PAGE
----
As communities grapple with issues surrounding racial justice, Michigan cities, government officials and business owners are working on plans and projects that hope to inspire a more equal world going forward.
Over the past three weeks, cities including Detroit, Lansing and Grand Rapids have experienced large, in-person protests over the deaths of African Americans at the hands of police. Nationwide, cities have had nightly protests since the May 25 passing of George Floyd, an unarmed Black man who died when a former Minneapolis police officer knelt on his neck for more than eight minutes.
While there are no easy answers, activists, nonprofit organizers and business leaders say they are committed to taking action against racism, police brutality and injustice. In addition to making public statements, some groups are coming forward to create art projects, mentorship programs and job opportunities as a way to build trust, find common ground and develop economic equality across Michigan and around the United States.
Detroit has worked with residents and protesters alike to ensure people’s safety while also taking their concerns into account. But this moment cannot be “business as usual,” said Shuna Hayward, vice president of programs at Connect Detroit, a Detroit-based nonprofit organization that helps Detroit-area nonprofit groups and government work together to solve local problems, especially through its youth-employment programs.
As a mother of two, Hayward said she has experienced the fear and pain associated with not only her own experiences as a Black woman but as a parent raising children in a world struggling with racism, racial injustice and inequality. These issues are particularly troubling for young people, who are talking and acting on their desire for change, for protest as well as looking for ways to contribute.
One of the things Detroit Connect has done for its partners and young people is hold online meetings to talk, to listen and to offer support around these big questions of racial justice. Having an outlet for feelings and facts has been important, and people came away from the online meeting with new understanding as well as ways to help.
“We had a training previously scheduled, so we shifted the topic,” Hayward said. “It was a safe space and a necessary conversation. … We got great positive feedback and it was constructive because we came to it from a place of love. We did the work upfront to establish the intention and the tone.”
Detroit Connect also allows business leaders to set up summer work programs for youth directly for this season or in the future, giving company owners and managers a real way to get involved, Hayward said. They also take donations to help with its work, allowing other companies who may have the space to add more youth training and job experiences. These are just a few ways business owners and workers can contribute to making things better, Hayward said, in addition to coming together for those hard conversations and work around economic, educational and cultural disparities that result in horrors such as the death of George Floyd.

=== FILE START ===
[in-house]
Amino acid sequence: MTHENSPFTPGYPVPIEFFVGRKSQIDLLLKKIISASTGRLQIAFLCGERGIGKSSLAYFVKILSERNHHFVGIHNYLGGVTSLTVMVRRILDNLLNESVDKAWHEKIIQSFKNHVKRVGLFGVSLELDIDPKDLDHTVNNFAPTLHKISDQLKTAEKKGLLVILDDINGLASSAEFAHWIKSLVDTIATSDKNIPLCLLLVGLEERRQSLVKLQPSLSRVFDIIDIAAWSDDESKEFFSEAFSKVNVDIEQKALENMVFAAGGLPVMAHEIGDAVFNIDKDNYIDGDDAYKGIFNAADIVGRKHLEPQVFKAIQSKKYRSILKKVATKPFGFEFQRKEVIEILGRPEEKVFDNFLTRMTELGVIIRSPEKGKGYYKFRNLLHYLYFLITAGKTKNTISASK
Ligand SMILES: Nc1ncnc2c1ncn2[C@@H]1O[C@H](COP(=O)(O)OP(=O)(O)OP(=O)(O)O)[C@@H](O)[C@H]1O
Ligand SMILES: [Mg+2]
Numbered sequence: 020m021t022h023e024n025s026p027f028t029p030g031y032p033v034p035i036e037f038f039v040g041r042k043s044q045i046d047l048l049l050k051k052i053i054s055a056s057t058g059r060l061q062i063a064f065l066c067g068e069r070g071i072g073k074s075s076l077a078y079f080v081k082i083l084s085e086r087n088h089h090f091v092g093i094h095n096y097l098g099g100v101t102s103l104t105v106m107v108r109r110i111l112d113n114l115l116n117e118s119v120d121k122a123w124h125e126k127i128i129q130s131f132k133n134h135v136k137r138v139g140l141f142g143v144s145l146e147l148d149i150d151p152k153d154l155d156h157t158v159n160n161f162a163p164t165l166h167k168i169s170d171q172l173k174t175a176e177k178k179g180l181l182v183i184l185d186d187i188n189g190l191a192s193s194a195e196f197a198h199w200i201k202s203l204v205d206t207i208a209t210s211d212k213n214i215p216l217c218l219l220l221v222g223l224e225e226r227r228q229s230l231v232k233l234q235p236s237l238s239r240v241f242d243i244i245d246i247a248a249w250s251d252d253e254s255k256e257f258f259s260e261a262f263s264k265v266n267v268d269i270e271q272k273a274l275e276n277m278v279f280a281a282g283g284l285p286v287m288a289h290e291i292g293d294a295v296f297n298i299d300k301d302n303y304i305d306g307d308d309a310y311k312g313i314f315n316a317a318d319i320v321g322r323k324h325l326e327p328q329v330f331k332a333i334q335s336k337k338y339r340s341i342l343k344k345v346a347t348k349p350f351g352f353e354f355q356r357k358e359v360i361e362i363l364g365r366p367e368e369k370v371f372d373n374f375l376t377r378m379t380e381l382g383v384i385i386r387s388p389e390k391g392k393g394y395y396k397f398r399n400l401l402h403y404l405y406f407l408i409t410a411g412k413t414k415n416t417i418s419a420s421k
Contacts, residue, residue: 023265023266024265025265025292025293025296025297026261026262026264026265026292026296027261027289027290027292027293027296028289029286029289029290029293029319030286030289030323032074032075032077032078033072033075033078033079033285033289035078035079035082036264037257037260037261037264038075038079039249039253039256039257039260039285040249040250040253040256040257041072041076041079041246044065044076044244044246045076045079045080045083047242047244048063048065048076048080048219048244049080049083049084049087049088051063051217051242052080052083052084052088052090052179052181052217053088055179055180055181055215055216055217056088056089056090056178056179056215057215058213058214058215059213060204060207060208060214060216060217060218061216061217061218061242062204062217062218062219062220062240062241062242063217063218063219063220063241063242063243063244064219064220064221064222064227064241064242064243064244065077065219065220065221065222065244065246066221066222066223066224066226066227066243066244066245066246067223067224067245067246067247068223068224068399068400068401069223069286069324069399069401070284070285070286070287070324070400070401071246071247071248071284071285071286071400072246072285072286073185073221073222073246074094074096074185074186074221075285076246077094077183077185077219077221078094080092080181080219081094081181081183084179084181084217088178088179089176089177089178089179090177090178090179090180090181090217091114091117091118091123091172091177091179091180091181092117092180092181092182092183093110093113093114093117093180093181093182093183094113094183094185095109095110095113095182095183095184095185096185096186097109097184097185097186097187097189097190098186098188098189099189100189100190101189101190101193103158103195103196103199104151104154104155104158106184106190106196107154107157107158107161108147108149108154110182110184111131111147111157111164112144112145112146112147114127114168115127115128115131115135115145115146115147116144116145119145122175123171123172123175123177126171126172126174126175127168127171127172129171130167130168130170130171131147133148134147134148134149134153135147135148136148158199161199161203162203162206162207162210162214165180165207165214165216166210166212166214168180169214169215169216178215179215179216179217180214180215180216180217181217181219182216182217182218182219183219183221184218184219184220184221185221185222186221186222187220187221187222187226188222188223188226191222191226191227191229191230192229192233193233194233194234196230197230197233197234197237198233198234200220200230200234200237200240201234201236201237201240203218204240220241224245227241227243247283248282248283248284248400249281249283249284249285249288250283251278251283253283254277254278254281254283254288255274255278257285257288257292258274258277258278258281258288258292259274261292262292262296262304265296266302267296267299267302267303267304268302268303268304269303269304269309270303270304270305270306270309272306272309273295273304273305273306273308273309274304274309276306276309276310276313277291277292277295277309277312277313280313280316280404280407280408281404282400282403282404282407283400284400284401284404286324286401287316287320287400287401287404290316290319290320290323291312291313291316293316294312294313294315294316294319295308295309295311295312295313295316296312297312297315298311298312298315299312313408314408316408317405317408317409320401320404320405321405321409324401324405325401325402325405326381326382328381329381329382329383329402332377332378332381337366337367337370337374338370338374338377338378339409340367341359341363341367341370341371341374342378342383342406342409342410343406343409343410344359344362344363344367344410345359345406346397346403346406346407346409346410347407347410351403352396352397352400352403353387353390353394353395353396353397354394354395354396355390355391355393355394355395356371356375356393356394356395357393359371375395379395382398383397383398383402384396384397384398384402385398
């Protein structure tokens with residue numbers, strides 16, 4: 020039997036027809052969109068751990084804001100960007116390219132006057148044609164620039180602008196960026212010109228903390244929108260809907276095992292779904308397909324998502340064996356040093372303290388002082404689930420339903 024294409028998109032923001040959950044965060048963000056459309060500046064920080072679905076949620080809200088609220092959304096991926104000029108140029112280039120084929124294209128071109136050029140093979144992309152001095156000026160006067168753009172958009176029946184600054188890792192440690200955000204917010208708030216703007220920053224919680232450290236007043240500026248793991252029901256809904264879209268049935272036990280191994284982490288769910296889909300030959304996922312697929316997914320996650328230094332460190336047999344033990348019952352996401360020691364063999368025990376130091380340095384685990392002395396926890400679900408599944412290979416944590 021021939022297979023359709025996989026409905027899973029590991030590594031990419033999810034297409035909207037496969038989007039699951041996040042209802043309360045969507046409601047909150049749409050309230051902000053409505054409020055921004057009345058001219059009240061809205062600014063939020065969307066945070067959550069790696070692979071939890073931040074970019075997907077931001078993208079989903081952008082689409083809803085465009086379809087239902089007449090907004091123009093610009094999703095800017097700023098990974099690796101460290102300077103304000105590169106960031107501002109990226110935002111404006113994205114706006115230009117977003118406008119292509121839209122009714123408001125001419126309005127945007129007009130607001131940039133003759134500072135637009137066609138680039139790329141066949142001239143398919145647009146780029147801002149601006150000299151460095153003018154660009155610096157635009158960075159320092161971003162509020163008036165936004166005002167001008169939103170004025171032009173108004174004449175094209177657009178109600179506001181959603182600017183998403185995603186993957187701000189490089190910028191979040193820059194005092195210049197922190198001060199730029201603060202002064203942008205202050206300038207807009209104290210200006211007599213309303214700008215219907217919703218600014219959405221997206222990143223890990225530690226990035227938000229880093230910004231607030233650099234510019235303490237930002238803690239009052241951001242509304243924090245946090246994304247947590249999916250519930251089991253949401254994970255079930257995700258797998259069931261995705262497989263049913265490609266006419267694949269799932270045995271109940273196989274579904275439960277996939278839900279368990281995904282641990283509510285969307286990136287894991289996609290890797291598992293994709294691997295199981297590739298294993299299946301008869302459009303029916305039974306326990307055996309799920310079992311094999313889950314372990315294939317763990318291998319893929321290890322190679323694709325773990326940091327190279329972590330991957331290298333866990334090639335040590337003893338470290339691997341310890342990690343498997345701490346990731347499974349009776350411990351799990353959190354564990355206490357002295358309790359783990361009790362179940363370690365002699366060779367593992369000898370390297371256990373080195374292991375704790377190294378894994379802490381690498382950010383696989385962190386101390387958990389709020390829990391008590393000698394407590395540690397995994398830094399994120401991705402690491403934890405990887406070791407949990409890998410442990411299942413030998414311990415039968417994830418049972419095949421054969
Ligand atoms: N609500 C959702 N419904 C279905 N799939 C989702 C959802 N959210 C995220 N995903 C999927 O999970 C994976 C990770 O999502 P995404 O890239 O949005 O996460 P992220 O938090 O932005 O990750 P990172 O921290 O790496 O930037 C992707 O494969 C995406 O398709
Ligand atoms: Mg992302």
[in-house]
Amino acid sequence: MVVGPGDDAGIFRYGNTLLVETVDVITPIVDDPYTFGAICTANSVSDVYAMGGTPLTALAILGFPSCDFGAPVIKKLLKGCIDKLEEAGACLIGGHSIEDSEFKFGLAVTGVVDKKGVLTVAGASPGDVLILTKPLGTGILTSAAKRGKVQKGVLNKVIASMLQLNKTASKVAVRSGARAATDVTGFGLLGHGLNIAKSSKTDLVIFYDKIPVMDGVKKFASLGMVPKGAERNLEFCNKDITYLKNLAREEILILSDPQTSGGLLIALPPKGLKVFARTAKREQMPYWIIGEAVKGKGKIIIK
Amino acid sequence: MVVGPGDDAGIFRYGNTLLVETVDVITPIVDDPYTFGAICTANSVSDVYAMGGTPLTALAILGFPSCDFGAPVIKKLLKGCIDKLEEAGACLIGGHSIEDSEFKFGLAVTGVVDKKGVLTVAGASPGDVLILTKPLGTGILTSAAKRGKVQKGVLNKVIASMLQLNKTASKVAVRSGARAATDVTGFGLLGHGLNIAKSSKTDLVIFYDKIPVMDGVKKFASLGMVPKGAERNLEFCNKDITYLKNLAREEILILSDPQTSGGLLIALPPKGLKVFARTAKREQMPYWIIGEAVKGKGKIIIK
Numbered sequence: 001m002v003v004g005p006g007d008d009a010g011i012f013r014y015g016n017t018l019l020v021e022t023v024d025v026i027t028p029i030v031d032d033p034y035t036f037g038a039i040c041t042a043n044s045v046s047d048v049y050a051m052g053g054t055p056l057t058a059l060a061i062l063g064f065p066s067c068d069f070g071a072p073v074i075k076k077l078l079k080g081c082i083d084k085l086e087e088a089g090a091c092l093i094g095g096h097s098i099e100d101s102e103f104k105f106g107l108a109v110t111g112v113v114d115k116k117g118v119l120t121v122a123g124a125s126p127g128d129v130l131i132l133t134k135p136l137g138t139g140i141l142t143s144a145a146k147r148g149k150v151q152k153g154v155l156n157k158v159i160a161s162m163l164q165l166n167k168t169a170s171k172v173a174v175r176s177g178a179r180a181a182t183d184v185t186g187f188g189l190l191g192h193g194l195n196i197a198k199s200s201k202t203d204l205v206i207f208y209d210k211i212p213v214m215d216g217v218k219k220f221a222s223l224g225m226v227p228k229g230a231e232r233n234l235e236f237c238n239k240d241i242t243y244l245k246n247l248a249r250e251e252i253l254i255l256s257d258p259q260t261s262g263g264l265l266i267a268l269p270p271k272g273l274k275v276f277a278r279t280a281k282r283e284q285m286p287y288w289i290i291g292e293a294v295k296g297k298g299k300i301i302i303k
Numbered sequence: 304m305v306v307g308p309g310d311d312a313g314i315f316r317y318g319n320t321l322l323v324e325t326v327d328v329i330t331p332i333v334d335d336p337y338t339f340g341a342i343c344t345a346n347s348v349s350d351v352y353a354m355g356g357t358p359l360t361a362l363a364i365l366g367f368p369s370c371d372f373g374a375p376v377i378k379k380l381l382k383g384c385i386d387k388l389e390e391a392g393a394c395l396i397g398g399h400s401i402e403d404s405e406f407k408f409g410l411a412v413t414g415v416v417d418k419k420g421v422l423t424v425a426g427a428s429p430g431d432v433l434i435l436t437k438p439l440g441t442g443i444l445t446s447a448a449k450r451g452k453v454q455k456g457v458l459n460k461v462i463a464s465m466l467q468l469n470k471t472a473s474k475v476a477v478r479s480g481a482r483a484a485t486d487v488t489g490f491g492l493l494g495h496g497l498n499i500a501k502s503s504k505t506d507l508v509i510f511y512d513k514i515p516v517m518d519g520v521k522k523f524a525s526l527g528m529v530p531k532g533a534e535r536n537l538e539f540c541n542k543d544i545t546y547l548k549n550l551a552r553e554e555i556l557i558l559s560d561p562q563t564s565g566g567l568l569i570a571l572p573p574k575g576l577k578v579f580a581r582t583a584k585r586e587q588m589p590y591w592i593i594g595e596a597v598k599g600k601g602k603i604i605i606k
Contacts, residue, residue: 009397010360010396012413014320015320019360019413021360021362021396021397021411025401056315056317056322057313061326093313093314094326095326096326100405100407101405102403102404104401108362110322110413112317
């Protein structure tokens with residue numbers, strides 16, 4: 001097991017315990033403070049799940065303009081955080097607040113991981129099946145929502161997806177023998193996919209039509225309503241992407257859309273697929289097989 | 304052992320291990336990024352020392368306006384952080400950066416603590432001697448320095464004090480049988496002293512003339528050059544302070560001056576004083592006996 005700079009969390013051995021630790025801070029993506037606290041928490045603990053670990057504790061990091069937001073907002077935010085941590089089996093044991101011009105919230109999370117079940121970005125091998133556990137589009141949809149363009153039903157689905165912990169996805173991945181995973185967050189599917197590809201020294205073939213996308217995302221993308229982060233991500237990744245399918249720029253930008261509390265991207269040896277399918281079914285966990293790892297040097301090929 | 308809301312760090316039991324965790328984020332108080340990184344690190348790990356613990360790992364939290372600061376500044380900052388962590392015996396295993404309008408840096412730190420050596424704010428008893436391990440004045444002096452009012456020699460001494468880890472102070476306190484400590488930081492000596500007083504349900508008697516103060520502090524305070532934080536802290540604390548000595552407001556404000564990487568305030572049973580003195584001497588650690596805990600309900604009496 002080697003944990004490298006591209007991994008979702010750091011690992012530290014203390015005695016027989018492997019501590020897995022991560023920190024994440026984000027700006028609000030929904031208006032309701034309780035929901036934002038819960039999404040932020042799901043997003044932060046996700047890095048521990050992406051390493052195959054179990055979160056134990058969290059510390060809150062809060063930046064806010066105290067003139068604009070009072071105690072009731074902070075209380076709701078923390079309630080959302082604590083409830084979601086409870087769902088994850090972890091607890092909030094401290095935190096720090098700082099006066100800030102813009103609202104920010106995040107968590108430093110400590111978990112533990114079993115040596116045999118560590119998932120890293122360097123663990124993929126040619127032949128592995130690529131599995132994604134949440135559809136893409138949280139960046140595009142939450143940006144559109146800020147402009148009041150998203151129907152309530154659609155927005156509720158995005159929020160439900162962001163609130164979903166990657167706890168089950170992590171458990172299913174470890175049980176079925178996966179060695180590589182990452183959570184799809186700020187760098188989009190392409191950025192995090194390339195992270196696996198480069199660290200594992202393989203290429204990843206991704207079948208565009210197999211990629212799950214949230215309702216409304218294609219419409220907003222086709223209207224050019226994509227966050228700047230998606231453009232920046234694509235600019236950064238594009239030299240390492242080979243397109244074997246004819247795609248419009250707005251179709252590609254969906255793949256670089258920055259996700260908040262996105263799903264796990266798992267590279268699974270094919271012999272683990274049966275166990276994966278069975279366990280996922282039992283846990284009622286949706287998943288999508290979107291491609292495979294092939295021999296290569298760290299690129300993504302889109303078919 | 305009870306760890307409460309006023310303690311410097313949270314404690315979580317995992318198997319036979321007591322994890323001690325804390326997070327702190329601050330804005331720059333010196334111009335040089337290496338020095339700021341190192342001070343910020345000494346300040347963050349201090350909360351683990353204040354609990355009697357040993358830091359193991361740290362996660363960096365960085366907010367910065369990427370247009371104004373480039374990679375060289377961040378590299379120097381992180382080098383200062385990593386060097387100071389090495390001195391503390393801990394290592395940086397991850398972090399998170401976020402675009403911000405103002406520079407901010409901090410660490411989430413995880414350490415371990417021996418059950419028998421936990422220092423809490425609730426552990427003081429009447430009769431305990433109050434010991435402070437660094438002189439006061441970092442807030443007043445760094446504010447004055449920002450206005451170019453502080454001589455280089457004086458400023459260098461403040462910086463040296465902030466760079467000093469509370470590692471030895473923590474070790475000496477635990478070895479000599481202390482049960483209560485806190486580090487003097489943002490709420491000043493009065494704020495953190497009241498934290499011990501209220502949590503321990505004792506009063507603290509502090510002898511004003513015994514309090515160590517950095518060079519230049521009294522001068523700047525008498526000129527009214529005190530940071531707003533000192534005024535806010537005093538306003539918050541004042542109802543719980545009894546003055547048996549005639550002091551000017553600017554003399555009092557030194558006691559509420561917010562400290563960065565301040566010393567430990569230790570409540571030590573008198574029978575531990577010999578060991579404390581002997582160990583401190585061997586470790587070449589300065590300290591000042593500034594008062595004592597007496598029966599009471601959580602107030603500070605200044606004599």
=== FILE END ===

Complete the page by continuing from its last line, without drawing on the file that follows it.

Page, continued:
In Grand Rapids, city officials and the community are working together to rebuild both physically and emotionally after a May 30 protest turned into a violent night where people broke windows, set fires and damaged property throughout the downtown area. Since that night, groups have work together to repair storefronts, clean up the streets and find ways to come together, officials said.
One example is the downtown mural project created with CWD Real Estate Investment and its partners, which include local artist collaborative, Lions and Rabbits. From May 30 when the destruction began to the morning of May 31, 16 of CWD Real Estate’s 18 downtown properties received damage. Managing Partner Sam Cummings said those causing the damage broke more than 100 windows across its properties and tenants had their inventories “wiped out” by looting.
When Cummings arrived on the scene around 5:30 a.m. the morning of May 31, he described the landscape around downtown Grand Rapids as “horrifying.”
“I never thought I would see that in my hometown. I wept. I was angry. … The core of our community was decimated,” Cummings said.
But people started arriving – waves of volunteers who offered to help clean up graffiti, put storefronts back together and board up broke windows, Cummings said. Four contractors reached out to them with trucks and guys ready to work. Restaurants opened their doors and fed volunteers. Cummings called it “a thing of beauty.”
That Monday, Cummings said CWD Real Estate learned it could take up to eight weeks to replace all of the glass in the windows that were broken. Rather than leave the bare plywood over the windows, the firm reached out to Lions and Rabbits, which mobilized local artists who painted murals on the raw wood. The resulting art is inspiring and beautiful, Cummings said.
Moreover, he and other business leaders have come together on Zoom calls and in meetings to create something else that’s new – a youth workforce development program that hopes to hire as many as 1,000 high-school and college-age teens and young people in a new employment program. Something good has come out of something that could have left Grand Rapids devastated, Cummings said.
“Are we perfect? No. But I firmly believe there is nothing that this community cannot handle when we set our minds to it. The things I have seen us accomplish around here are pretty amazing,” Cummings said. “This may not be the easiest party we’ve ever attended or the easiest initiative, but I have absolute confidence that if anybody can do it west Michigan and do it. We’re going to be better for it.”